Your JavaScript is turned off or you have an old version of Adobe's Flash Player. Get the latest Flash player.
    Chinese-Americans Heart Trump, Bucking National Trendi
    X
    May 27, 2016 5:57 AM
    A new study conducted by three Asian-American organizations shows there are three times as many Democrats as there are Republicans among Asian-American voters, and they favor Hillary Clinton over Donald Trump. But one group, called Chinese-Americans For Trump, is going against the tide and strongly supports the business tycoon. VOA’s Elizabeth Lee caught up with them at a Trump rally and reports from Anaheim, California.
    Video

    Video Chinese-Americans Heart Trump, Bucking National Trend

    A new study conducted by three Asian-American organizations shows there are three times as many Democrats as there are Republicans among Asian-American voters, and they favor Hillary Clinton over Donald Trump. But one group, called Chinese-Americans For Trump, is going against the tide and strongly supports the business tycoon. VOA’s Elizabeth Lee caught up with them at a Trump rally and reports from Anaheim, California.
    Video

    Video Reactions to Trump's Success Polarized Abroad

    What seemed impossible less than a year ago is now almost a certainty. New York real estate mogul Donald Trump has won the number of delegates needed to secure the Republican presidential nomination. The prospect has sparked as much controversy abroad as it has in the United States. Zlatica Hoke has more.
    Video

    Video Drawings by Children in Hiroshima Show Hope and Peace

    On Friday, President Barack Obama will visit Hiroshima, Japan, the first American president to do so while in office. In August 1945, the United States dropped an atomic bomb on the city to force Japan's surrender in World War II. Although their city lay in ruins, some Hiroshima schoolchildren drew pictures of hope and peace. The former students and their drawings are now part of a documentary called “Pictures from a Hiroshima Schoolyard.” VOA's Deborah Block has the story.
    Video

    Video Vietnamese Rapper Performs for Obama

    A prominent young Vietnamese artist told President Obama said she faced roadblocks as a woman rapper, and asked the president about government support for the arts. He asked her to rap, and he even offered to provide a base beat for her. Watch what happened.
    Video

    Video Roots Run Deep for Tunisia's Dwindling Jewish Community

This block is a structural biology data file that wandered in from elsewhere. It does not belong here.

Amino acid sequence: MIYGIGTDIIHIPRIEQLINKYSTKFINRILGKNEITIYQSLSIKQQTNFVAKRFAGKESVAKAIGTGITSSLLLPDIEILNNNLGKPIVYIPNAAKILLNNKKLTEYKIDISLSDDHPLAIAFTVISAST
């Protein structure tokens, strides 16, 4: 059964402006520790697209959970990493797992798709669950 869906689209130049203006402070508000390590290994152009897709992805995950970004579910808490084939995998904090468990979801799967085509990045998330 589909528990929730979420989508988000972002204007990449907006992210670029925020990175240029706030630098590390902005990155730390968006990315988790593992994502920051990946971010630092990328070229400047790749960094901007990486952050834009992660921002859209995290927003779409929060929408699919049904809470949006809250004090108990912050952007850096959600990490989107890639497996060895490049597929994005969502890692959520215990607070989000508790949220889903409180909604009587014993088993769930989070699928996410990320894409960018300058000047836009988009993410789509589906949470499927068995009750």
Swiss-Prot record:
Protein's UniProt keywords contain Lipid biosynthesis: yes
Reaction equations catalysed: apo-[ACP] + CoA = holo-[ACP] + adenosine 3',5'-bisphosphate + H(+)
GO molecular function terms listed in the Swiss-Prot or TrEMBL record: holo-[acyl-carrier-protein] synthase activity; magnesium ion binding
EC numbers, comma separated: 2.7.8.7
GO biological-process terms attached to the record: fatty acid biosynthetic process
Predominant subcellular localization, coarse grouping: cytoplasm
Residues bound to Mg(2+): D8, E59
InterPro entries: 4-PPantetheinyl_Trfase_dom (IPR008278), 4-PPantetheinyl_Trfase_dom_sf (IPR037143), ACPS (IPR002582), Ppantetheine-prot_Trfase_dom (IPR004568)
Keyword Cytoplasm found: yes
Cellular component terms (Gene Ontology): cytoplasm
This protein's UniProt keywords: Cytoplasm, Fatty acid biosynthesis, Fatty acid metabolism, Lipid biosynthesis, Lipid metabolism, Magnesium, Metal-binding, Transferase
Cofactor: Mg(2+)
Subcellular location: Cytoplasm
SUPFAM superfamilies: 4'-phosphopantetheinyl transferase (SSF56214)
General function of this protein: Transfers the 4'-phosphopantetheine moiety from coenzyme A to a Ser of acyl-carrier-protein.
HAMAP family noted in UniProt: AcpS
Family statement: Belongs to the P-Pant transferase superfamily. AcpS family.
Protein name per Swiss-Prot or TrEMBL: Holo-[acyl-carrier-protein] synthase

This week, hundreds of Jewish pilgrims are defying terrorist threats to celebrate an ancient religious festival on the Tunisian island of Djerba. The festivities cast a spotlight on North Africa's once-vibrant Jewish population that has all but died out in recent decades. Despite rising threats of militant Islam and the country's battered economy, one of the Arab world's last Jewish communities is staying put and nurturing a new generation. VOA’s Lisa Bryant reports.
    Video

    Video Meet Your New Co-Worker: The Robot

    Increasing numbers of robots are joining the workforce, as companies scale back and more processes become automated. The latest robots are flexible and collaborative, built to work alongside humans as opposed to replacing them. VOA’s Tina Trinh looks at the next generation of automated employees helping out their human colleagues.
    Video

    Video Wheelchair Technology in Tune With Times

    Technologies for the disabled, including wheelchair technology, are advancing just as quickly as everything else in the digital age. Two new advances in wheelchairs offer improved control and a more comfortable fit. VOA's George Putic reports.
    Video

    Video Baby Boxes Offer Safe Haven for Unwanted Children

    No one knows exactly how many babies are abandoned worldwide each year. The statistic is a difficult one to determine because it is illegal in most places. Therefore unwanted babies are often hidden and left to die. But as Erika Celeste reports from Woodburn, Indiana, a new program hopes to make surrendering infants safer for everyone.
    Video

    Video California Celebration Showcases Local Wines, Balloons

    Communities in the U.S. often hold festivals to show what makes them special. In California, for example, farmers near Fresno celebrate their figs and those around Gilmore showcase their garlic. Mike O'Sullivan reports that the wine-producing region of Temecula offers local vintages in an annual festival where rides on hot-air balloons add to the excitement.
    Video

    Video US Elementary School Offers Living Science Lessons

    Zero is not a good score on a test at school. But Discovery Elementary is proud of its “net zero” rating. Net zero describes a building in which the amount of energy provided by on-site renewable sources equals the amount of energy the building uses. As Faiza Elmasry tells us, the innovative features in the building turn the school into a teaching tool, where kids can't help but learn about science and sustainability. Faith Lapidus narrates.

    Special Report

    Adrift The Invisible African Diaspora